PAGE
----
1. Software: This is probably the biggest problem you will face as you migrate into cloud computing. Vendors who have enterprise licenses already implemented have a hard time letting go of the security of knowing the licenses and maintenance fees will continue to roll in as long as the contract is renewed. In cloud computing, there are no certainties – it’s far easier to rip and replace if the vendor does not do a good job. The cloud computing architecture is based on the premise of replacing and extending by hiring one or more vendors that do the same function. As such, the fees are not paid for access to the application, but for usage; the model is based on value delivered. Planning, and your vendor, must conform to new models.
  1. Hardware: As mentioned above, amortization and customs of doing things a certain way play a major role in preventing, or rather delaying, migration to a cloud computing architecture. The hardware that has been purchased, maintained, optimized, and used for many years is now no longer under the control of the same people; cloud providers own it and rent it out as necessary. This changes a large number of traditions in the organization, and the people behind them are not going to be happy. Anticipate and plan for change management around them and the vendors behind the hardware.
  1. Integration: Organizations coming to the cloud from any other computing platform often have a hard time grasping the issue of integration. Integration in an on-premise, hosted or legacy SaaS application demands point-to-point work. You have to know where you are coming from and where you are going. You have to build an exclusive “pipe” between the two places, select the data you want to pass along, and then program it and hope nothing changes. In the cloud, it’s very different, since the metadata and services allow a platform to serve anyone who asks for the right information with the right security attached. If the person is authorized, the service runs and provides a result. If the data passed changes, the metadata handles that. If the call changes, the metadata handles that. In addition, a secure platform acts as an access point to any other secure and trusted platform, eliminating the need to do yet another integration point. This makes everything far easier and more powerful.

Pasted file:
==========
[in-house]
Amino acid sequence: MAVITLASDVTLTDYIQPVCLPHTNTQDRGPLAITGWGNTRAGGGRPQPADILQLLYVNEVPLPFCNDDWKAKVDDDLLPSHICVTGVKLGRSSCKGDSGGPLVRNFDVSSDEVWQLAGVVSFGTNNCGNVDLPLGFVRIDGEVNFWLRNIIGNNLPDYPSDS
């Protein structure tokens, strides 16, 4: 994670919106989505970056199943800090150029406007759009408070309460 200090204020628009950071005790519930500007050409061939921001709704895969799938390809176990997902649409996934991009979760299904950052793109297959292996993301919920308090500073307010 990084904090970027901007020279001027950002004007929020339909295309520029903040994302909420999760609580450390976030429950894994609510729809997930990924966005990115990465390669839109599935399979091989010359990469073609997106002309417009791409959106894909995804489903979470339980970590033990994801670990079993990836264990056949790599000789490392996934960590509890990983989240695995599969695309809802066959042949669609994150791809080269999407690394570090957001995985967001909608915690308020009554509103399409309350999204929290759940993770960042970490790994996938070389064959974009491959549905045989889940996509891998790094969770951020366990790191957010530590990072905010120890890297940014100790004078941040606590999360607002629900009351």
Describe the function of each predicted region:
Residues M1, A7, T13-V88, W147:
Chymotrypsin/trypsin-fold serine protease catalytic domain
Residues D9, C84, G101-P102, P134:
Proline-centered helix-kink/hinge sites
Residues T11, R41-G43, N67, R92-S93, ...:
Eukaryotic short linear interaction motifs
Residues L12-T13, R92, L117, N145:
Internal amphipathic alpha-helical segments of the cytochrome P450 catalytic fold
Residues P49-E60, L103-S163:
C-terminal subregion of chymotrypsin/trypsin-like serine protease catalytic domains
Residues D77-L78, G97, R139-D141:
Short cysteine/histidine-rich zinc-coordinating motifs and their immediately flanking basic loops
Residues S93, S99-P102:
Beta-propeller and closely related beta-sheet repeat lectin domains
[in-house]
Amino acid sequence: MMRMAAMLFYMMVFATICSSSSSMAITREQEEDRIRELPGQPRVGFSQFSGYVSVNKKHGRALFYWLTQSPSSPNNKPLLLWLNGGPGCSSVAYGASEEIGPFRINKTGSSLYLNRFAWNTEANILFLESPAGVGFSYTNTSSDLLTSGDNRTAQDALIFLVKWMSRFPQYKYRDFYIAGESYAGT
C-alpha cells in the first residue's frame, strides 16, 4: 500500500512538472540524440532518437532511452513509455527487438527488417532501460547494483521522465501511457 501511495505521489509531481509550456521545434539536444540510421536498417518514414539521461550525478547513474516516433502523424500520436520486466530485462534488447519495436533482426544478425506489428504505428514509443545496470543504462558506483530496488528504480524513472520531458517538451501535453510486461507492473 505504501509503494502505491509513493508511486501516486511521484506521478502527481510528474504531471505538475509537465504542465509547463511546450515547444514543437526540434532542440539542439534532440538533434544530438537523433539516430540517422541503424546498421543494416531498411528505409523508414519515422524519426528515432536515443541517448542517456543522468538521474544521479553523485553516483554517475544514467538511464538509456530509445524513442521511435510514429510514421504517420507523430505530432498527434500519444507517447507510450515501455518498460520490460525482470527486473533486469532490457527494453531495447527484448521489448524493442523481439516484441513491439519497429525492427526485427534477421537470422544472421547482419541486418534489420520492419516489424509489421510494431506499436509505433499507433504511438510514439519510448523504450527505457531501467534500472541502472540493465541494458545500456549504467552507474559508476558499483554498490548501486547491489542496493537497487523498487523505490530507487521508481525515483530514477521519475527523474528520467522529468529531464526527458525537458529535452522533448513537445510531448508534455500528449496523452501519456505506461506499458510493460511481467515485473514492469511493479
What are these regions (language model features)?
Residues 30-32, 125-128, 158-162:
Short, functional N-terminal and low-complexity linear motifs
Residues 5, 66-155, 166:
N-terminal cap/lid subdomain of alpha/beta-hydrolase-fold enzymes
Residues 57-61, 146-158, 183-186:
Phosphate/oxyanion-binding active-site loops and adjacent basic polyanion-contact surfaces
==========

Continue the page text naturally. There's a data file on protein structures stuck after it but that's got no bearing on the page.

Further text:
1. Control: The control that your organization and the people in it have over the existing on-premises assets is going away. In spite of several industries and even some countries still holding on to the “location of the data” tales, the day is near where, as one CIO recently told me, “I don’t know where my data is, nor do I care. I know I can use it whenever I need it – that’s all I need to know.” It is not only the data, but the hardware, software configurations, management and maintenance of the assets, as well as the direct influence on how things get done. When a cloud provider delivers solutions to thousands of clients concurrently, there is not a lot of room for the users to derail the process. While we are starting to see more configuration and management options emerge via metadata, the amount of control that exists in the cloud is very different from on-premises. It isn’t worse, since it delivers more value. It’s just different.
  1. Business Transformation: This is one of the biggest items to consider when moving to the cloud. For digital transformation to occur, which is the next stage for business transformation in the upcoming decade, the cloud must be a commoditized, sunk-in investment that is considered to already exist and be implemented. Virtually none of the management and allocation of the data, knowledge, and content necessary for digital transformation to occur can be moved around without use of the cloud as the underlying infrastructure. Combined with the issues mentioned previously and all the benefits of cloud computing adoption, these things will make digital transformation happen.